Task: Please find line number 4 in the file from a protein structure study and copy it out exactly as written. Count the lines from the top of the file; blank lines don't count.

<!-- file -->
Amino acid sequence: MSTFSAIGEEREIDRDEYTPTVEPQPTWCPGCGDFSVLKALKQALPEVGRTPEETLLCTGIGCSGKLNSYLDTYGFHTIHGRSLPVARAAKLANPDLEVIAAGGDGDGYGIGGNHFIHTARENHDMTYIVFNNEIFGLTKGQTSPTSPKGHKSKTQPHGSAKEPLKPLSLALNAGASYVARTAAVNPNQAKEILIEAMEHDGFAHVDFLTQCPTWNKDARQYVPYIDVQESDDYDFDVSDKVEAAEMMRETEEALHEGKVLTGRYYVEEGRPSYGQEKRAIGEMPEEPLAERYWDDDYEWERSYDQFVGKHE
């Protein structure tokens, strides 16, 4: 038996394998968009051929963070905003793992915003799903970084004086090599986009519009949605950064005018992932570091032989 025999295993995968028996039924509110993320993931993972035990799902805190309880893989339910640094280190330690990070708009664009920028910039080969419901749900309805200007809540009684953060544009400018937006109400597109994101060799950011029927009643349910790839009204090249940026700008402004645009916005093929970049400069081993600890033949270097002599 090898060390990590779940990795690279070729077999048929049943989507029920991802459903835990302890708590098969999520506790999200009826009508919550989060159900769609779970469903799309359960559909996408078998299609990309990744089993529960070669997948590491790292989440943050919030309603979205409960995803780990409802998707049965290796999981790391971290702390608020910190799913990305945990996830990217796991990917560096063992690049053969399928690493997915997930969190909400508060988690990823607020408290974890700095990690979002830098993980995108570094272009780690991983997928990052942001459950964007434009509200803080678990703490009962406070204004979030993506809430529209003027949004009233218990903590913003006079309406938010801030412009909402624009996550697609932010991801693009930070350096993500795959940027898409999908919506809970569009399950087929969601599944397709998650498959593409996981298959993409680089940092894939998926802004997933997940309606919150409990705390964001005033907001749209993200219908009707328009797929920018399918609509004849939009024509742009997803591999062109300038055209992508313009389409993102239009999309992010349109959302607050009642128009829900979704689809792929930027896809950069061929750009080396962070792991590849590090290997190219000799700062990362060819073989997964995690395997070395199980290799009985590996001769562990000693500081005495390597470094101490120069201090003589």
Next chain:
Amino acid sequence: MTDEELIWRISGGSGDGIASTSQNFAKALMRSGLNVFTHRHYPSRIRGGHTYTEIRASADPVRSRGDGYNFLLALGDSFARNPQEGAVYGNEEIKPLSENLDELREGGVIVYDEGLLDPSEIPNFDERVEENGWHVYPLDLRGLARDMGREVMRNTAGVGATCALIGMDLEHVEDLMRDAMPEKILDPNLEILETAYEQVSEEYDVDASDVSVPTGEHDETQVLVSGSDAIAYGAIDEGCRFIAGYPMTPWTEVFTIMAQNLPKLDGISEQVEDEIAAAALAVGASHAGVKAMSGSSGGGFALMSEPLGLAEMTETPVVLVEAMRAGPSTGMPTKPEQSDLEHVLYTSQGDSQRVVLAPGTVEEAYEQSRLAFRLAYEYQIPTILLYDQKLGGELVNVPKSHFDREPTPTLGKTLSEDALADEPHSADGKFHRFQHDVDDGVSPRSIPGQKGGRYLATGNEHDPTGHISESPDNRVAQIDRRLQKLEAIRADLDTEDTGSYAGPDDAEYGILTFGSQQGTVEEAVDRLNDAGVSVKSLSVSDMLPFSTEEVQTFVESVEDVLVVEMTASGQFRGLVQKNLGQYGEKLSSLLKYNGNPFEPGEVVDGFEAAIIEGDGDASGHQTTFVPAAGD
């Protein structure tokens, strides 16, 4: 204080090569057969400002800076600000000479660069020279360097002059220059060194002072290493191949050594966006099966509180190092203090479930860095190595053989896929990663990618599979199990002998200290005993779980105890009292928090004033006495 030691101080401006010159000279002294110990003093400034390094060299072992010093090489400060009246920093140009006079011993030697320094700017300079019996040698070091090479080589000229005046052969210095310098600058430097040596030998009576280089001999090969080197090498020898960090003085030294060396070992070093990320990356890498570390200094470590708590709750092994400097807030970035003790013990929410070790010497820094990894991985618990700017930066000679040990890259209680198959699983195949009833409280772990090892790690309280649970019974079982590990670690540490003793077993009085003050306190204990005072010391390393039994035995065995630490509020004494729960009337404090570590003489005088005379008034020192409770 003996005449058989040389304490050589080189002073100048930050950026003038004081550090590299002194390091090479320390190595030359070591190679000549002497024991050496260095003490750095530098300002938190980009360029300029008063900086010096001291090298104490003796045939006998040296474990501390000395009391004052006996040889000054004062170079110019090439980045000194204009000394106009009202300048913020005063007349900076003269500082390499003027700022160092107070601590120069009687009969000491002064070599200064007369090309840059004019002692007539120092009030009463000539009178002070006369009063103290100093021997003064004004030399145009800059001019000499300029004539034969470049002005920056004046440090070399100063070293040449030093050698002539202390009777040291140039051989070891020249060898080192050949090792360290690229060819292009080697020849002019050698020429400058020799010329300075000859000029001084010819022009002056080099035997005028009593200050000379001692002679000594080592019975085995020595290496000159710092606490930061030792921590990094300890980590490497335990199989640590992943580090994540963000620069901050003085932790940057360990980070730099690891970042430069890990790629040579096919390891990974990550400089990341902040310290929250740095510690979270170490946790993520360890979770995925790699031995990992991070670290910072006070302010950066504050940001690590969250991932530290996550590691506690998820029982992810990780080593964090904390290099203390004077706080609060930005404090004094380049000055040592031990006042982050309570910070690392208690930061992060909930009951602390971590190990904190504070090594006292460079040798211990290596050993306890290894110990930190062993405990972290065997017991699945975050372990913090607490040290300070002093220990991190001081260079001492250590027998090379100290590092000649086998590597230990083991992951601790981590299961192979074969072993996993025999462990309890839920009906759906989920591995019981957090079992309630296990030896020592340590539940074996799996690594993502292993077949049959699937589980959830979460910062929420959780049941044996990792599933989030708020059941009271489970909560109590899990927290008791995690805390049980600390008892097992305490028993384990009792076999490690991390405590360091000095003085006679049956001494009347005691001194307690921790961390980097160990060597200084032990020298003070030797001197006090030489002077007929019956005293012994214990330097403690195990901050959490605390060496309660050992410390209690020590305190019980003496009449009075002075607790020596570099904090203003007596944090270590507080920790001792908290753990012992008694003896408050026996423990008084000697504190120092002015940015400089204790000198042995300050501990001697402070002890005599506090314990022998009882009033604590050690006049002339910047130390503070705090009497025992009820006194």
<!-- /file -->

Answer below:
Amino acid sequence: MTDEELIWRISGGSGDGIASTSQNFAKALMRSGLNVFTHRHYPSRIRGGHTYTEIRASADPVRSRGDGYNFLLALGDSFARNPQEGAVYGNEEIKPLSENLDELREGGVIVYDEGLLDPSEIPNFDERVEENGWHVYPLDLRGLARDMGREVMRNTAGVGATCALIGMDLEHVEDLMRDAMPEKILDPNLEILETAYEQVSEEYDVDASDVSVPTGEHDETQVLVSGSDAIAYGAIDEGCRFIAGYPMTPWTEVFTIMAQNLPKLDGISEQVEDEIAAAALAVGASHAGVKAMSGSSGGGFALMSEPLGLAEMTETPVVLVEAMRAGPSTGMPTKPEQSDLEHVLYTSQGDSQRVVLAPGTVEEAYEQSRLAFRLAYEYQIPTILLYDQKLGGELVNVPKSHFDREPTPTLGKTLSEDALADEPHSADGKFHRFQHDVDDGVSPRSIPGQKGGRYLATGNEHDPTGHISESPDNRVAQIDRRLQKLEAIRADLDTEDTGSYAGPDDAEYGILTFGSQQGTVEEAVDRLNDAGVSVKSLSVSDMLPFSTEEVQTFVESVEDVLVVEMTASGQFRGLVQKNLGQYGEKLSSLLKYNGNPFEPGEVVDGFEAAIIEGDGDASGHQTTFVPAAGD